The High Renaissance
 
&

Mannerism

 

 


Parmigianino
 
 
 
 
Parmigianino

(b Parma, 11 Jan 1503; d Casalmaggiore, 24 Aug 1540).

Italian painter, draughtsman and printmaker. Beginning a career that was to last only two decades, he moved from precocious success in the shadow of Correggio in Parma to be hailed in the Rome of Clement VII as Raphael reborn. There he executed few large-scale works but was introduced to printmaking. After the Sack of Rome in 1527, he returned to northern Italy, where in his final decade he created some of his most markedly Mannerist works. Equally gifted as a painter of small panels and large-scale frescoes both sacred and profane, he was also one of the most penetrating portrait painters of his age. Throughout his career he was a compulsive draughtsman, not only of preparatory studies for paintings and prints, but also of scenes from everyday life and of erotica.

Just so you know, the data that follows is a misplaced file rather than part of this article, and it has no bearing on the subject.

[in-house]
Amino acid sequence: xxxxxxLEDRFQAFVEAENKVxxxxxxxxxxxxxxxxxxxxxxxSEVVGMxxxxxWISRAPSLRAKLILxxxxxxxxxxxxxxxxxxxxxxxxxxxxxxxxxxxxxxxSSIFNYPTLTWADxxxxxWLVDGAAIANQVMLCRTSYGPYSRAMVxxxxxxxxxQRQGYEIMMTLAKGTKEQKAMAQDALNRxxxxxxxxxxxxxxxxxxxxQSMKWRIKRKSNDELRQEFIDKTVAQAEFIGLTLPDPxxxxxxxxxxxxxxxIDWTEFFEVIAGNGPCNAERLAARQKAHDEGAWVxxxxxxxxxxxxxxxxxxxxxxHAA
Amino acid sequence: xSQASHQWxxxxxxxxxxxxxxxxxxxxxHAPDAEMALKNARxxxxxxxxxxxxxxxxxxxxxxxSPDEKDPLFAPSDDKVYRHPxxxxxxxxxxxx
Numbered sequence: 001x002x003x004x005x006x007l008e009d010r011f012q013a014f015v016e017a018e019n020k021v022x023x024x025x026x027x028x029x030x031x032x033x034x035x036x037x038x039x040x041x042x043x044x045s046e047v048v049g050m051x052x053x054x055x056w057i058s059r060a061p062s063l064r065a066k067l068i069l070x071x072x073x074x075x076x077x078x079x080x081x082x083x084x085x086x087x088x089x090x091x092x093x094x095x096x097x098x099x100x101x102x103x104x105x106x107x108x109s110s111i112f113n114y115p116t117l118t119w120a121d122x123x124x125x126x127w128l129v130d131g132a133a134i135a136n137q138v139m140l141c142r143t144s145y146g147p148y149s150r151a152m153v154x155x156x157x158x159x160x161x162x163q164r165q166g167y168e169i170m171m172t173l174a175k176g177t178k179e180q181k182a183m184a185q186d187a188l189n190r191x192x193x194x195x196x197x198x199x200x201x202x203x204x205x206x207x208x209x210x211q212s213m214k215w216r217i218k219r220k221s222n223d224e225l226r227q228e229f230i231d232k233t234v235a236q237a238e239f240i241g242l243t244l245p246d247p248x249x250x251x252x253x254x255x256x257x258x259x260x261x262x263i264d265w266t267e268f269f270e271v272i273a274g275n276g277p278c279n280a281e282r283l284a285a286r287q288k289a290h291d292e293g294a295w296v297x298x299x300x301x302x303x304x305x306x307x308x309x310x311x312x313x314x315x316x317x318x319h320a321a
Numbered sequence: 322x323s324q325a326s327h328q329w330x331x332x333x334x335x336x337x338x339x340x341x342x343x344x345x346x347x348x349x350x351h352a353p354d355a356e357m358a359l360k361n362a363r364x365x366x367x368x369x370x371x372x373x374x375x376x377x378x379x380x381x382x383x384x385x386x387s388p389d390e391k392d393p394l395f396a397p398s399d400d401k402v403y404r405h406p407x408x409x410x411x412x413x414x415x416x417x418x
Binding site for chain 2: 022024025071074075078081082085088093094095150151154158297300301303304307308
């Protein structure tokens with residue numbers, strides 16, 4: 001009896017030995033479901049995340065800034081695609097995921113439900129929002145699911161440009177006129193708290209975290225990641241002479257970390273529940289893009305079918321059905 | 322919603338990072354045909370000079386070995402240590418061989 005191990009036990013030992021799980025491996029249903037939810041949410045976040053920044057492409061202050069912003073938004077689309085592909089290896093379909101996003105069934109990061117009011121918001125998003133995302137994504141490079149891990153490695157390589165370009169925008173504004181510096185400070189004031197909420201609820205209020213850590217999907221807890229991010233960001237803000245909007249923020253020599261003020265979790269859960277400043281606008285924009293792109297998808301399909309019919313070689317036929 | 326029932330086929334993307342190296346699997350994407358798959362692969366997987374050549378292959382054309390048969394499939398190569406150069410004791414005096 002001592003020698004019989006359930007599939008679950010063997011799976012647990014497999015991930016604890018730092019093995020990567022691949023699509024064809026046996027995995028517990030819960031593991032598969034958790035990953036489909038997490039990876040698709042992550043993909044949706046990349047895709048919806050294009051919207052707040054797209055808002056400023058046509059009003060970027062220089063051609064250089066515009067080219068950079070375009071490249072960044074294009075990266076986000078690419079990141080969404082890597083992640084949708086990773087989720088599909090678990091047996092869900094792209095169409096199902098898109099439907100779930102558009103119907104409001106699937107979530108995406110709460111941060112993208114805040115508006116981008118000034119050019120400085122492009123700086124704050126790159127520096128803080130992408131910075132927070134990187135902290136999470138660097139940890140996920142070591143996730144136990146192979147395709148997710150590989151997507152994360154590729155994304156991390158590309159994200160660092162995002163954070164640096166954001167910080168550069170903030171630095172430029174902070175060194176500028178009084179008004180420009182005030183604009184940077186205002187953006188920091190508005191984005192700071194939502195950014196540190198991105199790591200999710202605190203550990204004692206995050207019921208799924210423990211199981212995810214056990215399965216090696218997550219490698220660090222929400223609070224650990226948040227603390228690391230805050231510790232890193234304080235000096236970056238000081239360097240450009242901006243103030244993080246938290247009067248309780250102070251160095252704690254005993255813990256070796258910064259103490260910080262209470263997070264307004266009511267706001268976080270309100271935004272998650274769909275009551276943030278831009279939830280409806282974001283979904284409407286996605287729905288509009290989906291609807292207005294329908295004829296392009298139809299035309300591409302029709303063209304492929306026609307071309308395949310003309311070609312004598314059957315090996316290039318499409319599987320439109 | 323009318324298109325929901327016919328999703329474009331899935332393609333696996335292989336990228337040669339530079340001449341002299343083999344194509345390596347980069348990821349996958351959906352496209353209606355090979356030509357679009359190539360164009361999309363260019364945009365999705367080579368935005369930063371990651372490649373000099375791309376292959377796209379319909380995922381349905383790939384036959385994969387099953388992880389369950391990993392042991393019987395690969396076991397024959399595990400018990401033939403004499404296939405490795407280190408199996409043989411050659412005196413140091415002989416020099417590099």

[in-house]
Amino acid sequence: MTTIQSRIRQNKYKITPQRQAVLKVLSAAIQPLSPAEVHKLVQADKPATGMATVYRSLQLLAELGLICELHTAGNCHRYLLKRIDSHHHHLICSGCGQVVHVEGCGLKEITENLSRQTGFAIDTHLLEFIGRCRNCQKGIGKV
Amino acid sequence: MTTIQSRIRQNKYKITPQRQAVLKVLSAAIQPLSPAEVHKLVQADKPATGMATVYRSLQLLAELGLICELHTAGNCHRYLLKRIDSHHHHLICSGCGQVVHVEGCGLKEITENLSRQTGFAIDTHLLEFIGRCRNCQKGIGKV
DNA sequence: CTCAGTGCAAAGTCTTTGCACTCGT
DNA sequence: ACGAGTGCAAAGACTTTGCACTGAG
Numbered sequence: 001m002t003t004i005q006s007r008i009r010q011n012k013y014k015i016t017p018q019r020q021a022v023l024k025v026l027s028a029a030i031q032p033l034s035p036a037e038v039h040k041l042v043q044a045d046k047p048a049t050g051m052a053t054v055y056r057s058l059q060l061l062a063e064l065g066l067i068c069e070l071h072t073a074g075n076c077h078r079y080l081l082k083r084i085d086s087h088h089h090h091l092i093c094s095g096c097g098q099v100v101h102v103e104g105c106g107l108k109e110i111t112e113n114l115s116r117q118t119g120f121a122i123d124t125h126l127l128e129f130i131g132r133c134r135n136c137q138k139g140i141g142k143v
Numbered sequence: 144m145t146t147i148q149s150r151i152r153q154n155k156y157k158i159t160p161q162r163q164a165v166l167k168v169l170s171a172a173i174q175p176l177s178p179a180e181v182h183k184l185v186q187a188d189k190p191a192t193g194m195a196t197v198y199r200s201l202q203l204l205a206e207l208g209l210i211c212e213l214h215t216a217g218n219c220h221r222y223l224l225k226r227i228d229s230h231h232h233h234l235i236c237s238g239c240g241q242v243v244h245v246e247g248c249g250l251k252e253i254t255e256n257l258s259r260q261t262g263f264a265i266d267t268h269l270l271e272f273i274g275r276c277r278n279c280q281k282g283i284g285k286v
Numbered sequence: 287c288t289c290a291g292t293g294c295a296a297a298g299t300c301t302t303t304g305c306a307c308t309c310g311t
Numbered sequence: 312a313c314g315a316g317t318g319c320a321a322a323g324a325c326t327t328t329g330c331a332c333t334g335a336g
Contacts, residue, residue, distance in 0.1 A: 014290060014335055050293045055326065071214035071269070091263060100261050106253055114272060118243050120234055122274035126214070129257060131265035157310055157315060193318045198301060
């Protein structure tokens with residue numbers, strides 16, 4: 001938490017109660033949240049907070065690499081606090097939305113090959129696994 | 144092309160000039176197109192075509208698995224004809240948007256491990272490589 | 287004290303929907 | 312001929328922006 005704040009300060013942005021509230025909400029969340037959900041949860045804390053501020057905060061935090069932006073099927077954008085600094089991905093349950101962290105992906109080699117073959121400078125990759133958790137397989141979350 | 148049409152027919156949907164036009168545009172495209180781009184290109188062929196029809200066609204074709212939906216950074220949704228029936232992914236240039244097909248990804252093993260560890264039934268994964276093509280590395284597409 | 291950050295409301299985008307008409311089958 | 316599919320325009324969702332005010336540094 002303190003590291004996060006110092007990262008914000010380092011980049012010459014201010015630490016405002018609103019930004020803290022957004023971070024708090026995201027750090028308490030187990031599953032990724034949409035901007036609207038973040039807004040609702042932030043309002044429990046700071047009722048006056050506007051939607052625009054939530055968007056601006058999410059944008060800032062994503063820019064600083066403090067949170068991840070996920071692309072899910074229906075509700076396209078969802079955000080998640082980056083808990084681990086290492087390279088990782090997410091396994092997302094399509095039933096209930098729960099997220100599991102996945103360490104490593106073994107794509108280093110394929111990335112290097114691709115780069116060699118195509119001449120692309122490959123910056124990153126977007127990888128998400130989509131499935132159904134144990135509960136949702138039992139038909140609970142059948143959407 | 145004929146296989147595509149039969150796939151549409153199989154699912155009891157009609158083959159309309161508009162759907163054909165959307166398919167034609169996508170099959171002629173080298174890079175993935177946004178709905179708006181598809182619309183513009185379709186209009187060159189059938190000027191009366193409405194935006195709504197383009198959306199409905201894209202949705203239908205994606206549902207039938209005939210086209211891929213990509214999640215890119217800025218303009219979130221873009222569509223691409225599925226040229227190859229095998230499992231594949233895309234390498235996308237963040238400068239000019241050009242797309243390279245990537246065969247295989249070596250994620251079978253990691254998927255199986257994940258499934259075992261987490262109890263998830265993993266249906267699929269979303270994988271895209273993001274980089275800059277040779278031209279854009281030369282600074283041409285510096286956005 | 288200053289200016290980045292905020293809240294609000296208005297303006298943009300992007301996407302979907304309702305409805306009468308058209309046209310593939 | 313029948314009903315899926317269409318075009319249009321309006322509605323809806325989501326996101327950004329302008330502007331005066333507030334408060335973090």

Self-portrait in a Convex Mirror

c. 1524
Oil on wood, diameter 24,4 cm
Kunsthistorisches Museum, Vienna

 

 

 


Cupid

1523-24
Oil on wood, 135 x 65,3 cm
Kunsthistorisches Museum, Vienna
 


 


Rest on the Flight to Egypt

1524
Oil on panel, 110 x 89 cm
Museo del Prado, Madrid



 


Madonna and Child with Saints

c. 1530
Oil on wood, 75,5 x 60 cm
Galleria degli Uffizi, Florence



 

Pallas Athene

c. 1539
Oil on canvas, 63,8 x 45,1 cm
Royal Collection, Windsor

 
 

Portrait of a Man
1523
Oil on panel
National Gallery, Londo



 

Portrait of a Young Woman known as Antea
1524-27
Oil on canvas
Museo di Capodimonte, Naple



 

The Conversion of St Paul

Oil on canvas, 177,5 x 128,5 cm
Kunsthistorisches Museum, Vienna
 

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